Studies were conducted to assess the nutritional status of sheep and goats grazing two rangeland types in Balochistan. These types were Artemisia maritime/Haloxylon griffithii association represented by the Zarchi (Kalat) and Cymbopogon-Chrysopogon at Tomagh (Loralai). Forage  quality decreased with the advancement of phonological growth stages. Spring forage samples were of higher quality than those of other seasons. Grasses were lower in crude protein concentration and higher in netural detergent fiber content than forbs and shrubs. From March through October, sheep and goat diets varied in their botanical composition on both sites. Grasses remained a major component of animal diets at Tomagh throughout the grazing seasons. However, sheep and goats consumed a higher percentage of shrubs with the passage of time. Across all grazing seasons, the diets of both animal species were deficient in protein and phosphorus.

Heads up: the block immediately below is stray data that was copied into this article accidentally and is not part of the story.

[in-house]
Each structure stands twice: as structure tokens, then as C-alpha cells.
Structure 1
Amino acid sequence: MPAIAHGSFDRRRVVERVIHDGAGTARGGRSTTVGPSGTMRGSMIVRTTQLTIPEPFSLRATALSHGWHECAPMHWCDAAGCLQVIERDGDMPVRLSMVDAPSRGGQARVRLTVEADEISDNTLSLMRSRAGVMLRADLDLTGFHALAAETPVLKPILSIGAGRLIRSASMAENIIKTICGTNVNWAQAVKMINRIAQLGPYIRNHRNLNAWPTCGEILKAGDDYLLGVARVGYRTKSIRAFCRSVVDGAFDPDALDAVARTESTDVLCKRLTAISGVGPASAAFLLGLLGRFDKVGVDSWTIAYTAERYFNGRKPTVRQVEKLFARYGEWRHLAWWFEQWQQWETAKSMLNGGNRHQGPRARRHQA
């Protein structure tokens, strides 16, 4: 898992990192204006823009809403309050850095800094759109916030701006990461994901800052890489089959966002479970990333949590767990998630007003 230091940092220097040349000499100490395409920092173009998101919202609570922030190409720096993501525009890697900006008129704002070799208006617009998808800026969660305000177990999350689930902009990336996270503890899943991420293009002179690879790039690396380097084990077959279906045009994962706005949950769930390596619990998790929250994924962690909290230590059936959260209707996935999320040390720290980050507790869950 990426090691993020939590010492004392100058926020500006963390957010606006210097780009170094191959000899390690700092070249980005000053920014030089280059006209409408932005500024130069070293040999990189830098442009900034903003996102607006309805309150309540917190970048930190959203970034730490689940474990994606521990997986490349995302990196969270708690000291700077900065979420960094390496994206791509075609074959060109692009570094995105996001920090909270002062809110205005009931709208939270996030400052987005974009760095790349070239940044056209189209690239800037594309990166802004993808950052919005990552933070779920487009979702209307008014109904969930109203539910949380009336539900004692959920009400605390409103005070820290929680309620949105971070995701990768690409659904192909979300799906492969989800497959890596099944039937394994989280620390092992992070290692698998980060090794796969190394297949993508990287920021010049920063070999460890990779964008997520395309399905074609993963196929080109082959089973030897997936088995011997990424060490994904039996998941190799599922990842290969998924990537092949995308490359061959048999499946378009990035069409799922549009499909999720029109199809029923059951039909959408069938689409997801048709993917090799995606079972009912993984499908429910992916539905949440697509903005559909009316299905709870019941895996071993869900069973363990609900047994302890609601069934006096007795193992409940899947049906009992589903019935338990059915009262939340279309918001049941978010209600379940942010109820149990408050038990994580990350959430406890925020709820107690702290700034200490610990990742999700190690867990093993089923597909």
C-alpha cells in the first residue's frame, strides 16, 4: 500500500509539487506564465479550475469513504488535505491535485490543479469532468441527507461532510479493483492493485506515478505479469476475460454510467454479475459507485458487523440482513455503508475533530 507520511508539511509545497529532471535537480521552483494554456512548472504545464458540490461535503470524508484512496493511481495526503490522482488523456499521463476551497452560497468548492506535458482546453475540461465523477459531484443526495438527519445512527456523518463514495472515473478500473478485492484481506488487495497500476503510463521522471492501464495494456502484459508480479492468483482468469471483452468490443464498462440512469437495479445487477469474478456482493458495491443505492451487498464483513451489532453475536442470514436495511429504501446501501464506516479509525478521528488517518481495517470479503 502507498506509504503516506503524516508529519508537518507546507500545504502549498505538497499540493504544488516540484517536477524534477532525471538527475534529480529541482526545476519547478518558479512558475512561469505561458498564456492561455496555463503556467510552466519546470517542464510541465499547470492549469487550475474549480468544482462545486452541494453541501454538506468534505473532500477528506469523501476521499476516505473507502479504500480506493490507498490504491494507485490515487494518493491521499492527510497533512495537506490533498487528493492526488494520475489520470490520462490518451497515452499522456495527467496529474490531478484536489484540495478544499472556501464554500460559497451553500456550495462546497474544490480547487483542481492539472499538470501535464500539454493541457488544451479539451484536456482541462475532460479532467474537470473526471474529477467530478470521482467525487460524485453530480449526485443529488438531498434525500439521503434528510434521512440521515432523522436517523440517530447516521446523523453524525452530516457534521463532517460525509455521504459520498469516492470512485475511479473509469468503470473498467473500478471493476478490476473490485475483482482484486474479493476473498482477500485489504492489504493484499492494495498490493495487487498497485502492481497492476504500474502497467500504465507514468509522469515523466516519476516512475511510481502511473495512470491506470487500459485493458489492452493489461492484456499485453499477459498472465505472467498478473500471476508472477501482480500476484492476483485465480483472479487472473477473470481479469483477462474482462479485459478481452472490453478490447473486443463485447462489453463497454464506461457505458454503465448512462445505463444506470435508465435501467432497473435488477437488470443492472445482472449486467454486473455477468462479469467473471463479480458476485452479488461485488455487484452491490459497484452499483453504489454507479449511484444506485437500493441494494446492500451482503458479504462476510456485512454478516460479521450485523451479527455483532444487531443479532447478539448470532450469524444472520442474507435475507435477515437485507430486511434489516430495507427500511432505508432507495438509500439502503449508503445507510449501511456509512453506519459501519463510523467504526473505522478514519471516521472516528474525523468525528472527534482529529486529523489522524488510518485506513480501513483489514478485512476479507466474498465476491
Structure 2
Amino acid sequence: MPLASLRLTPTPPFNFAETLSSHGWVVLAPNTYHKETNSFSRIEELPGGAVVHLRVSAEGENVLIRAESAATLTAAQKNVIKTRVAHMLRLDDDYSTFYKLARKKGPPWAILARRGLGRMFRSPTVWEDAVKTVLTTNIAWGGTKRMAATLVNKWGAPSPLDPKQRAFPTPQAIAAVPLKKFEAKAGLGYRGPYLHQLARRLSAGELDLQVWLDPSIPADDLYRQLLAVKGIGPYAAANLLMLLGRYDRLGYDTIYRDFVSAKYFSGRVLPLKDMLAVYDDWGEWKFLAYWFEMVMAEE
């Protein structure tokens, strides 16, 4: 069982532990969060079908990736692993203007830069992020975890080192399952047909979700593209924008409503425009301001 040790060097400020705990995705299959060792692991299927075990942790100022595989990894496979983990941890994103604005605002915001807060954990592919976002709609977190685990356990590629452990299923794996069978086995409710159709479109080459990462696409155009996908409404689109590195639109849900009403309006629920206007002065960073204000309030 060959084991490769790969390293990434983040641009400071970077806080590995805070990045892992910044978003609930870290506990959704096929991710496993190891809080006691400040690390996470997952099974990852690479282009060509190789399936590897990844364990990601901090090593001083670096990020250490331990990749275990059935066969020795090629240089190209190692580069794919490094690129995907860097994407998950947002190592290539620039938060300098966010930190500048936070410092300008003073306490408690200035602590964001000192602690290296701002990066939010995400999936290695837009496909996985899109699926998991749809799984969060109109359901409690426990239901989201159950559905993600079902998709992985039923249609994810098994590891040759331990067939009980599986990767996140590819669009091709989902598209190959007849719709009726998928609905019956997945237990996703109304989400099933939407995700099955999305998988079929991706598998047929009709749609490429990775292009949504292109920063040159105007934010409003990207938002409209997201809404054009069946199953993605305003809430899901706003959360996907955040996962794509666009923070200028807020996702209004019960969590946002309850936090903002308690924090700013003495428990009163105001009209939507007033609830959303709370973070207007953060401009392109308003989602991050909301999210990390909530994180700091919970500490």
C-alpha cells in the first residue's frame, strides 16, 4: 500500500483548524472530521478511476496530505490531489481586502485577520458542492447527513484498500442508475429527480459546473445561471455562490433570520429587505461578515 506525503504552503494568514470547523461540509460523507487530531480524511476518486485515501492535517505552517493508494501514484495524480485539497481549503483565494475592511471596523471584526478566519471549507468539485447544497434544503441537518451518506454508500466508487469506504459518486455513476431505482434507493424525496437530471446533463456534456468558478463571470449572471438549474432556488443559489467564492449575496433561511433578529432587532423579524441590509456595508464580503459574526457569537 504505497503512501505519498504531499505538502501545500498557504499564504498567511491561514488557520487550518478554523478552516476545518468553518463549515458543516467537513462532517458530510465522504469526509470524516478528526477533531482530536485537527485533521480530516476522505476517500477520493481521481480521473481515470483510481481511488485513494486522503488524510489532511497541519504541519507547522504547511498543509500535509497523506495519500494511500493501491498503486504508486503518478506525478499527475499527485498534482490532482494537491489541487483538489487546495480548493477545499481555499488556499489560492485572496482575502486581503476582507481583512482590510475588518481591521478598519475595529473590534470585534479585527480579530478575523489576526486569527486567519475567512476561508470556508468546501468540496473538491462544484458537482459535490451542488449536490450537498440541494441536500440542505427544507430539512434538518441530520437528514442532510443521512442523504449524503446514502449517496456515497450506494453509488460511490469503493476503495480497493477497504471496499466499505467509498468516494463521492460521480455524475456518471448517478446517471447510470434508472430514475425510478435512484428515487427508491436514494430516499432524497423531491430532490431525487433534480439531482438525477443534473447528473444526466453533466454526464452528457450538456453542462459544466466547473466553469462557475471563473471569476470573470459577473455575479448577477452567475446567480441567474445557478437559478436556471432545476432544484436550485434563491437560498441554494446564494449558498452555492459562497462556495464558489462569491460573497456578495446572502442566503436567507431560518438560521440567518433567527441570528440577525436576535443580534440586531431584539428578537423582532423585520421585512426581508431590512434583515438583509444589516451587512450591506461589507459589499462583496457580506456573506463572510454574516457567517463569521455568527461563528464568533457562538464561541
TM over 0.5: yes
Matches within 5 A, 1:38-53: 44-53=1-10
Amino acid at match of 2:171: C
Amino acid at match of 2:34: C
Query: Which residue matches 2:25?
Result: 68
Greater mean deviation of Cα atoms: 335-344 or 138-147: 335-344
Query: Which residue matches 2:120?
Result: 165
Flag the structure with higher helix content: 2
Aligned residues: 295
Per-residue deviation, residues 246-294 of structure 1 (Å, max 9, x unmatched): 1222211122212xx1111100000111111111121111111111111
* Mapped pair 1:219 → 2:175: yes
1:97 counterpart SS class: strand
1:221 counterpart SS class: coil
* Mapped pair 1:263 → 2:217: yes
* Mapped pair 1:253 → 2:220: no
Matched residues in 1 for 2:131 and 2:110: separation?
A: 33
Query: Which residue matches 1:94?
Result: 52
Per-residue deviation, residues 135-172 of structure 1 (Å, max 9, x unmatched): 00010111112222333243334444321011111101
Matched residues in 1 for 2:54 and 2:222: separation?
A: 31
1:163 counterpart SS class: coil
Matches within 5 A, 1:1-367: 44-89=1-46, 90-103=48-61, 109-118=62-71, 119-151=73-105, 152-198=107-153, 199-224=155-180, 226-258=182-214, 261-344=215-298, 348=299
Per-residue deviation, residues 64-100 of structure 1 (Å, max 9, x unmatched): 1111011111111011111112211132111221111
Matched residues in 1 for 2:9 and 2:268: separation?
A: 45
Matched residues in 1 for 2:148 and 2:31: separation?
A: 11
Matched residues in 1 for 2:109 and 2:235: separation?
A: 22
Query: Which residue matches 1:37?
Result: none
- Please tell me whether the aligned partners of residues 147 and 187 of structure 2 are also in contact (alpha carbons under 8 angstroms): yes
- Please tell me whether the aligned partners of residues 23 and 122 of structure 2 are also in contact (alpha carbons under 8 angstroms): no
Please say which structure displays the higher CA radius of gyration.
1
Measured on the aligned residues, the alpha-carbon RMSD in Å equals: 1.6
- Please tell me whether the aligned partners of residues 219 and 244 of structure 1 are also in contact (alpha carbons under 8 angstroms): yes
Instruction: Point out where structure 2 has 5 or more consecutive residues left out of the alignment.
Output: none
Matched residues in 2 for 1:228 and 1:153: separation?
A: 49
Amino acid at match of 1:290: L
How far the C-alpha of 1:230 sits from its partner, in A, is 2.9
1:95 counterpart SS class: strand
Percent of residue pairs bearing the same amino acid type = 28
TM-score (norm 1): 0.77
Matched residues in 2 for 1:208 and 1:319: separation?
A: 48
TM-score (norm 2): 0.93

Highly variable (both positive and negative) digestion coefficients for lignin were obtained by using sheep and goat rumen liquors. As much as 51.0% of forage lignin in samples was digested. Negative lignin digestion co-efficients were also obtained from forage samples. These ranged from –1.0% to 103.0%. Lignin bio-degradation and/or complexing during in vitro digestion invalidated its use as an internal marker in digestion studies on these rangelands. The information can be utilized for successful range management including calculation of forage calendar, nutritional value of range plants and the cycle of nutritional requirements of the small ruminants.